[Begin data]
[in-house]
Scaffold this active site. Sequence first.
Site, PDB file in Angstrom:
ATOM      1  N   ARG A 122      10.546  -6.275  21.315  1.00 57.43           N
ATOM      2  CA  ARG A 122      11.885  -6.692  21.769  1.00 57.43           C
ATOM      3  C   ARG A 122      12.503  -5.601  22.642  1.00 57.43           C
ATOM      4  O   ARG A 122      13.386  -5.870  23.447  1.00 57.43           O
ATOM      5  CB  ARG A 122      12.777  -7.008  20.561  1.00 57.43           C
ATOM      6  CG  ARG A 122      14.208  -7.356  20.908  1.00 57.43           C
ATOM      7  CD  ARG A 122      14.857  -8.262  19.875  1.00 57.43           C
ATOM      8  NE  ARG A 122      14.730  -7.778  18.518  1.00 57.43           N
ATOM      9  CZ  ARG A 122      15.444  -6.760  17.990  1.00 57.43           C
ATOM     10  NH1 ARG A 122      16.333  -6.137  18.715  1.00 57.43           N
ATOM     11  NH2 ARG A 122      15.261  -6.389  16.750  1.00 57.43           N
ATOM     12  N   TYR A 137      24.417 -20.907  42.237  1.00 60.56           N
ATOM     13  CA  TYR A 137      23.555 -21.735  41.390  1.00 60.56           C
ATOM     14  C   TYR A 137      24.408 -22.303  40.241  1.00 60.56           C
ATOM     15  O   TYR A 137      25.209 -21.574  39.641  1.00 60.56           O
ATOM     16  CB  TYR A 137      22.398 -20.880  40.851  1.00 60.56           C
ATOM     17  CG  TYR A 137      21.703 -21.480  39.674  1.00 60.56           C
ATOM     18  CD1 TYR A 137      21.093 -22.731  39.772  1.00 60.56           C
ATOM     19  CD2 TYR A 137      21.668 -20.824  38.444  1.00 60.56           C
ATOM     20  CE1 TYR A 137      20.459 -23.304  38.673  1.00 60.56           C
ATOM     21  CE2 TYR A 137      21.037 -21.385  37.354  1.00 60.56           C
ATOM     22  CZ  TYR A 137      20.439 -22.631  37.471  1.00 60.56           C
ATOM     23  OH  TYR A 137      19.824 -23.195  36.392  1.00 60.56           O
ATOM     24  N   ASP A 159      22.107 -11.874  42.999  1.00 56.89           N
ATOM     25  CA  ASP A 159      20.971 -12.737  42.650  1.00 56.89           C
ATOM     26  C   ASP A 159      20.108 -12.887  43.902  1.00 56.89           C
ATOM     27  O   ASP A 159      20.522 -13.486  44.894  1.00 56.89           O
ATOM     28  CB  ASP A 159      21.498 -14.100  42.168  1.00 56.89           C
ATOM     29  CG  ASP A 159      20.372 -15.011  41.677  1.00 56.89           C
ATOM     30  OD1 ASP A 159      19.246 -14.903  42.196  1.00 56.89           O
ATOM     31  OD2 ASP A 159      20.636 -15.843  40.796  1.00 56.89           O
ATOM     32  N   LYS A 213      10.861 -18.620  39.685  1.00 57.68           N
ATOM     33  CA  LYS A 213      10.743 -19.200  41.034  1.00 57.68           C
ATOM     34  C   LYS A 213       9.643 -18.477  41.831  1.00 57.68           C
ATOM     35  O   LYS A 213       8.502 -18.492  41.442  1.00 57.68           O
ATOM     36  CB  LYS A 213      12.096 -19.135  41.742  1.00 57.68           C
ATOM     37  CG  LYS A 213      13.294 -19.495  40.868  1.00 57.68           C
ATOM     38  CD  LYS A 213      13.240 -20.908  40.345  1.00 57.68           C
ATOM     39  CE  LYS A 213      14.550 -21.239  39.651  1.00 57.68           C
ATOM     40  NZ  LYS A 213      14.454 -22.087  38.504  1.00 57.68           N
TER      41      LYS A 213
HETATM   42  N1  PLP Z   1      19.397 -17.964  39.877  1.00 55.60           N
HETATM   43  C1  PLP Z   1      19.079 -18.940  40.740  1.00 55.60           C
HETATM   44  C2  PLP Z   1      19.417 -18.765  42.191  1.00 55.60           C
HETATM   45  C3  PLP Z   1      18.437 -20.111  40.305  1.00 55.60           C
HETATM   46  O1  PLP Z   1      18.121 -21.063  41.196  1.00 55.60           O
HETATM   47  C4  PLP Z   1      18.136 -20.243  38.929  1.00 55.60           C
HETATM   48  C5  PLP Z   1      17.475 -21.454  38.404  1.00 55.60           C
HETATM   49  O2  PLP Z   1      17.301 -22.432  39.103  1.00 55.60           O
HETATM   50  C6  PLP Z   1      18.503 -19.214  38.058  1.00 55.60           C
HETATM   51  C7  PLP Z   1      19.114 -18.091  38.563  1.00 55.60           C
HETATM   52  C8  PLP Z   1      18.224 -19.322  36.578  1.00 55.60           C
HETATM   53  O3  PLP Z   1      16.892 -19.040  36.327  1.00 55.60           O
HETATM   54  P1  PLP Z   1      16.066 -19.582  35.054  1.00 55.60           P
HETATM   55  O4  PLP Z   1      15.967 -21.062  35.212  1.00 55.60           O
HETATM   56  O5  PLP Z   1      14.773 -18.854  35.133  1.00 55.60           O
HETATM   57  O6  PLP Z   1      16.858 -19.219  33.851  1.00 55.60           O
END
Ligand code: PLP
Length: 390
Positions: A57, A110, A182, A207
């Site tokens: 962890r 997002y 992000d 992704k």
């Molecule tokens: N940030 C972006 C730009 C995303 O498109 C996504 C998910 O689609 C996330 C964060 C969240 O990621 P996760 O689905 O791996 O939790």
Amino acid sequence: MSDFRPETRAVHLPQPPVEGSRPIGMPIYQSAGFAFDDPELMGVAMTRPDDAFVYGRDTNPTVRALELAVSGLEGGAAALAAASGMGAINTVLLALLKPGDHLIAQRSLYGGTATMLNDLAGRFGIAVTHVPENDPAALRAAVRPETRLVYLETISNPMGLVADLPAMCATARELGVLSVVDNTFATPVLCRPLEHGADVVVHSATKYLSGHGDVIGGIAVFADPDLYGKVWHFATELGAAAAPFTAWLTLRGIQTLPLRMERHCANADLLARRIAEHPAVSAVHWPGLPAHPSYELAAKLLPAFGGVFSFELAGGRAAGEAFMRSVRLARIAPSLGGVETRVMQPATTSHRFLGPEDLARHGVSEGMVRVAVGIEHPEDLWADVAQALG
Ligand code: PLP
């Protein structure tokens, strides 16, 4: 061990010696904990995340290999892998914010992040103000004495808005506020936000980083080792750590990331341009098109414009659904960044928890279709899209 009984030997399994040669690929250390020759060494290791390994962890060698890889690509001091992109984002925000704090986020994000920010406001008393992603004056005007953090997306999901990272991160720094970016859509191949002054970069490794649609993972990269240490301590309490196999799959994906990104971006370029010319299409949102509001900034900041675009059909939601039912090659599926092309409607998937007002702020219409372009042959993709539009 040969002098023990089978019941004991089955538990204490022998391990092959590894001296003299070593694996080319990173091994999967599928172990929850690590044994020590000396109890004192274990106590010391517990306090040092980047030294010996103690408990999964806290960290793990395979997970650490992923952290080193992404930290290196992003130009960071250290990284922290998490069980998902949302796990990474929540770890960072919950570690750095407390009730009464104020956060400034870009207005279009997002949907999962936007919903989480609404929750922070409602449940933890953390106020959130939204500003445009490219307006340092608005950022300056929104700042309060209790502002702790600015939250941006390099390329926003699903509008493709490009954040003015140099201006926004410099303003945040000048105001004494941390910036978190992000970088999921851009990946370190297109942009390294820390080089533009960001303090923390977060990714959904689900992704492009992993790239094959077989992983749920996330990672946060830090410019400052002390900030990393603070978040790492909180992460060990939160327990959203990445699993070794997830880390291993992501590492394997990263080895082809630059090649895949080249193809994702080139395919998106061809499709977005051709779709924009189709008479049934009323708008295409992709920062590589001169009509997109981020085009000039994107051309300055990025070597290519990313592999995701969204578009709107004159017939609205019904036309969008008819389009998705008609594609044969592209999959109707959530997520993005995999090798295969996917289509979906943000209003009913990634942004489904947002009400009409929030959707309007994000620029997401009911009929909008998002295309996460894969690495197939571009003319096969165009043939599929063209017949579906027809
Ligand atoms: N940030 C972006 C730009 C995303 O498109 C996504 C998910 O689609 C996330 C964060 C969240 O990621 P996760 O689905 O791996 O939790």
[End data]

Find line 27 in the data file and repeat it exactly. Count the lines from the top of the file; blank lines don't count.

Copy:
ATOM     24  N   ASP A 159      22.107 -11.874  42.999  1.00 56.89           N